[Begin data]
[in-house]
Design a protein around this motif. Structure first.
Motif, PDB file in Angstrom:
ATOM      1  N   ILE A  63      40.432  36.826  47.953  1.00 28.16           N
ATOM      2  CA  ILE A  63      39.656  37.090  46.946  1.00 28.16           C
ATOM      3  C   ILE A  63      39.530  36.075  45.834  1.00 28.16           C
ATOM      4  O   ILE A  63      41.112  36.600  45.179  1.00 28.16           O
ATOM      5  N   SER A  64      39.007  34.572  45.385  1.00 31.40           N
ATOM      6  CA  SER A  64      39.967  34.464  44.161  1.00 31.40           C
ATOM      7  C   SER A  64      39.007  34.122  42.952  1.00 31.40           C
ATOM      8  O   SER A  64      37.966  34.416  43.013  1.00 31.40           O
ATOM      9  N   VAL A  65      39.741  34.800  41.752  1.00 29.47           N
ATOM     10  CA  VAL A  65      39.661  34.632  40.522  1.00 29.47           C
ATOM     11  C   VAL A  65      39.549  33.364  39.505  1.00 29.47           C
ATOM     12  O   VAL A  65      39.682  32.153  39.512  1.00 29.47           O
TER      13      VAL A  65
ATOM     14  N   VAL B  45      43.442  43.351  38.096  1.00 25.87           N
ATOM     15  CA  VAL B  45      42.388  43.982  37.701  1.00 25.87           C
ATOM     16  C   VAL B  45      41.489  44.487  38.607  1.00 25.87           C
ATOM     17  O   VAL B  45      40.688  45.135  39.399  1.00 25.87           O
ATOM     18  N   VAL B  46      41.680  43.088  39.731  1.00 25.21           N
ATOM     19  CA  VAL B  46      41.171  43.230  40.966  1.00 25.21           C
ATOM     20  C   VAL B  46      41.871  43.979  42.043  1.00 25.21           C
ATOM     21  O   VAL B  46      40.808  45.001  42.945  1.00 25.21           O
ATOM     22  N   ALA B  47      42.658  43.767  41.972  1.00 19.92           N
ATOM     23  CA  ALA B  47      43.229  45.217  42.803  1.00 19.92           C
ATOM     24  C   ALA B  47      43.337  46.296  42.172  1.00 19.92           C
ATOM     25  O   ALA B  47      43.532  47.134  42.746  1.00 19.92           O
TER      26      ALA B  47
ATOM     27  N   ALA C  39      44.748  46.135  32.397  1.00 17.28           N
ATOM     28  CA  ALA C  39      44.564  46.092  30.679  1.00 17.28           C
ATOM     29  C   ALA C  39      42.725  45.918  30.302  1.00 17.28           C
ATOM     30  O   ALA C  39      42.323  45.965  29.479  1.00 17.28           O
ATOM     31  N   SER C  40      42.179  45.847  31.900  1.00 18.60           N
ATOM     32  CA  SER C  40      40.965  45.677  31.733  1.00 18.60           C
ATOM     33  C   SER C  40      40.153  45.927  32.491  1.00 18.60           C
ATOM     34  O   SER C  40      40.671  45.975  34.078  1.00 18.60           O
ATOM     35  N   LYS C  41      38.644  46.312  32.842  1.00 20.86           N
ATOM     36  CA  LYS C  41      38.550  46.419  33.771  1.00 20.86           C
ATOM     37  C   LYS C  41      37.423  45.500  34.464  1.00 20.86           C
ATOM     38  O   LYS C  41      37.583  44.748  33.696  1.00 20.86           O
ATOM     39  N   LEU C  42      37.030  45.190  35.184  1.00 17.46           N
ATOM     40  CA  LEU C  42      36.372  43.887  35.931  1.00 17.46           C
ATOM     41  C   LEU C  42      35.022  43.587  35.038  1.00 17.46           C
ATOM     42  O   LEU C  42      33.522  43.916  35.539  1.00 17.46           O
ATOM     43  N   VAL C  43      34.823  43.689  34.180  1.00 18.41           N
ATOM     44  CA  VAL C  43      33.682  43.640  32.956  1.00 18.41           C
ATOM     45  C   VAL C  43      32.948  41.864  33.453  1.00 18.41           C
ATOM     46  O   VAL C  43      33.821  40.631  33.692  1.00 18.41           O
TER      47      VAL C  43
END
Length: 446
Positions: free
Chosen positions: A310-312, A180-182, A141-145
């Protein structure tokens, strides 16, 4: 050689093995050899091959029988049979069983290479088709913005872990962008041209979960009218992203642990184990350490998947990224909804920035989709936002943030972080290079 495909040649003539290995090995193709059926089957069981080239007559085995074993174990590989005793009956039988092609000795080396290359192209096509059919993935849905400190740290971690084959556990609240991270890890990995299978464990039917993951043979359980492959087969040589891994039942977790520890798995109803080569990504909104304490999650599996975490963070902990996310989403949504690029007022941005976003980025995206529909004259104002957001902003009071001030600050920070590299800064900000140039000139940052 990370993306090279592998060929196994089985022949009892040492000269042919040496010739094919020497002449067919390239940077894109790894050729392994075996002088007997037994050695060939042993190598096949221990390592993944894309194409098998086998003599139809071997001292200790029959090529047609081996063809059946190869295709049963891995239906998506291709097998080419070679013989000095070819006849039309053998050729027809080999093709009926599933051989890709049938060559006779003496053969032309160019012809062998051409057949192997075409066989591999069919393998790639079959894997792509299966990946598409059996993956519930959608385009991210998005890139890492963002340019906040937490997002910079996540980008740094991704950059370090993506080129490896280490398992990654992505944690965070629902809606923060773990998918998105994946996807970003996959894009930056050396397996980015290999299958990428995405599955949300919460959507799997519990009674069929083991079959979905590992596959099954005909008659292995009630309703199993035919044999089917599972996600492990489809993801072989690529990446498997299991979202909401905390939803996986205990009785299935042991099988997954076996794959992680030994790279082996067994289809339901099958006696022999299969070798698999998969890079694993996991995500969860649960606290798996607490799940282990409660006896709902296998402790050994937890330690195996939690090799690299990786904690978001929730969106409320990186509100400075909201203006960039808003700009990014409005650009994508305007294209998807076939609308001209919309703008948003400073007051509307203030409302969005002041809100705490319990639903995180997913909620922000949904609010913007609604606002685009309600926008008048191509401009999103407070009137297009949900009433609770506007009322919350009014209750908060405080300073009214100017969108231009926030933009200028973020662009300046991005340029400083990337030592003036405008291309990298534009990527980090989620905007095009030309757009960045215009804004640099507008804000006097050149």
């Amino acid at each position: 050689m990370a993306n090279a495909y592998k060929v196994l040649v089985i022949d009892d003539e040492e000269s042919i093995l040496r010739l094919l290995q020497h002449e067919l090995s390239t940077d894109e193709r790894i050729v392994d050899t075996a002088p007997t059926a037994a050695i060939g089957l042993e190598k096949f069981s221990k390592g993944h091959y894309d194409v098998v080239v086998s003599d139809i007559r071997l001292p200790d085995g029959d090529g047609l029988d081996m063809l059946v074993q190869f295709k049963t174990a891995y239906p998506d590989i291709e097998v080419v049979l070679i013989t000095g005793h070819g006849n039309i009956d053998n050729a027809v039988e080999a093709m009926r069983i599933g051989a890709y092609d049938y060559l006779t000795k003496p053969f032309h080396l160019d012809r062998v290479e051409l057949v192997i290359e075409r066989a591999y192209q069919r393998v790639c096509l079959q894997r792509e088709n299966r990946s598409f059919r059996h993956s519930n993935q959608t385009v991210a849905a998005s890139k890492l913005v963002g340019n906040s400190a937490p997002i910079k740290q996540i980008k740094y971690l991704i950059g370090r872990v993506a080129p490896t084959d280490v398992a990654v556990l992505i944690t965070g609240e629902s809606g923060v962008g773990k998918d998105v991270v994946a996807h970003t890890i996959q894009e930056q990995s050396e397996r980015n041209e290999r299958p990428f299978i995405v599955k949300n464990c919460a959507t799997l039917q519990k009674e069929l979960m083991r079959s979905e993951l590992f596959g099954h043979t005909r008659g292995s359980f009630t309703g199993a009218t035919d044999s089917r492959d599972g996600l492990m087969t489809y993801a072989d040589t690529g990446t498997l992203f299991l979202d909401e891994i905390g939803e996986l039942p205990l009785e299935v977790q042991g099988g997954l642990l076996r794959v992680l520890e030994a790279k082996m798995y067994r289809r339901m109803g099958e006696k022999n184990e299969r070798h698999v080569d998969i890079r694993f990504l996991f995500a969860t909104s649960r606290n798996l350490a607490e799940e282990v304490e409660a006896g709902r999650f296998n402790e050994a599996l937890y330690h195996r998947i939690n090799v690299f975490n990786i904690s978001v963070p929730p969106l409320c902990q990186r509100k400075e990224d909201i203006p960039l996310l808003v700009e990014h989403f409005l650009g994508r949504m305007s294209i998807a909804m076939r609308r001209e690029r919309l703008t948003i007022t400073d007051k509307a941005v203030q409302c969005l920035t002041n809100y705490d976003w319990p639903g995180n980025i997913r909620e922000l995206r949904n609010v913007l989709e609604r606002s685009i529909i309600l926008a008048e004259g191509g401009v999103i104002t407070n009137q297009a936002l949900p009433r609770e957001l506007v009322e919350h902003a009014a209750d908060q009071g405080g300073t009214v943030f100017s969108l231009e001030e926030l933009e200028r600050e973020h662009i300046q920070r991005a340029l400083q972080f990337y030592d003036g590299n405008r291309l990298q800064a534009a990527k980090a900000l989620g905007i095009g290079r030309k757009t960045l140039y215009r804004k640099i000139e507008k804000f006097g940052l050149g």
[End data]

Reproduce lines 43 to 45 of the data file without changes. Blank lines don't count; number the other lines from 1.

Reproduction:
ATOM     40  CA  LEU C  42      36.372  43.887  35.931  1.00 17.46           C
ATOM     41  C   LEU C  42      35.022  43.587  35.038  1.00 17.46           C
ATOM     42  O   LEU C  42      33.522  43.916  35.539  1.00 17.46           O